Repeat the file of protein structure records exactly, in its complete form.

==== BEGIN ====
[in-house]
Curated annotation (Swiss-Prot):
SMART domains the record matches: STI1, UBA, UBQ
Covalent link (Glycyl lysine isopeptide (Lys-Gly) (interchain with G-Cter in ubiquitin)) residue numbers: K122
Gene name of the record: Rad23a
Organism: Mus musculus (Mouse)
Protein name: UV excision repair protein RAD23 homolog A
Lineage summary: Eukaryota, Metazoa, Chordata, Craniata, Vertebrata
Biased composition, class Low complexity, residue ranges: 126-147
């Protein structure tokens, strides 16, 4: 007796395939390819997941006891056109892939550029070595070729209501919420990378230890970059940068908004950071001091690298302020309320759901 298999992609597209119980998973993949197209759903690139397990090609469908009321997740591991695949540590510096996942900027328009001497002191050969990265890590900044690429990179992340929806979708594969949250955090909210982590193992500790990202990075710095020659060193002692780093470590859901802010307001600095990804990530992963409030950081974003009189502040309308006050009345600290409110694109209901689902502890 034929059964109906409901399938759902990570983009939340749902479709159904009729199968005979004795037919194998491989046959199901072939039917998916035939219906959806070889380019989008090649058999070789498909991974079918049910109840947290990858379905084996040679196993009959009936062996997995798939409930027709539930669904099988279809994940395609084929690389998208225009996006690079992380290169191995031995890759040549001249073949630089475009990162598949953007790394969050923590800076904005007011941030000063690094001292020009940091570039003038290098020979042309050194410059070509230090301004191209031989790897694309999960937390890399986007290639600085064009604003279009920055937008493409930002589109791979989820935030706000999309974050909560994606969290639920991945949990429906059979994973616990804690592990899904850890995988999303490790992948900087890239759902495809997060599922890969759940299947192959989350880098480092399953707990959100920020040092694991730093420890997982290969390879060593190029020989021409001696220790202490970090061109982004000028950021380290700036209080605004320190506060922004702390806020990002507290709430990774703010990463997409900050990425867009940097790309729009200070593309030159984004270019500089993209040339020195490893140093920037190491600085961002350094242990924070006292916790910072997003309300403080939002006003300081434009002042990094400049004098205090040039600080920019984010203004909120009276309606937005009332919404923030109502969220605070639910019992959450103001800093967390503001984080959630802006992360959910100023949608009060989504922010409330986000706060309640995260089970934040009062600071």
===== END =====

[in-house]
Curated annotation (Swiss-Prot):
SMART domains the record matches: STI1, UBA, UBQ
Covalent link (Glycyl lysine isopeptide (Lys-Gly) (interchain with G-Cter in ubiquitin)) residue numbers: K122
Gene name of the record: Rad23a
Organism: Mus musculus (Mouse)
Protein name: UV excision repair protein RAD23 homolog A
Lineage summary: Eukaryota, Metazoa, Chordata, Craniata, Vertebrata
Biased composition, class Low complexity, residue ranges: 126-147
């Protein structure tokens, strides 16, 4: 007796395939390819997941006891056109892939550029070595070729209501919420990378230890970059940068908004950071001091690298302020309320759901 298999992609597209119980998973993949197209759903690139397990090609469908009321997740591991695949540590510096996942900027328009001497002191050969990265890590900044690429990179992340929806979708594969949250955090909210982590193992500790990202990075710095020659060193002692780093470590859901802010307001600095990804990530992963409030950081974003009189502040309308006050009345600290409110694109209901689902502890 034929059964109906409901399938759902990570983009939340749902479709159904009729199968005979004795037919194998491989046959199901072939039917998916035939219906959806070889380019989008090649058999070789498909991974079918049910109840947290990858379905084996040679196993009959009936062996997995798939409930027709539930669904099988279809994940395609084929690389998208225009996006690079992380290169191995031995890759040549001249073949630089475009990162598949953007790394969050923590800076904005007011941030000063690094001292020009940091570039003038290098020979042309050194410059070509230090301004191209031989790897694309999960937390890399986007290639600085064009604003279009920055937008493409930002589109791979989820935030706000999309974050909560994606969290639920991945949990429906059979994973616990804690592990899904850890995988999303490790992948900087890239759902495809997060599922890969759940299947192959989350880098480092399953707990959100920020040092694991730093420890997982290969390879060593190029020989021409001696220790202490970090061109982004000028950021380290700036209080605004320190506060922004702390806020990002507290709430990774703010990463997409900050990425867009940097790309729009200070593309030159984004270019500089993209040339020195490893140093920037190491600085961002350094242990924070006292916790910072997003309300403080939002006003300081434009002042990094400049004098205090040039600080920019984010203004909120009276309606937005009332919404923030109502969220605070639910019992959450103001800093967390503001984080959630802006992360959910100023949608009060989504922010409330986000706060309640995260089970934040009062600071």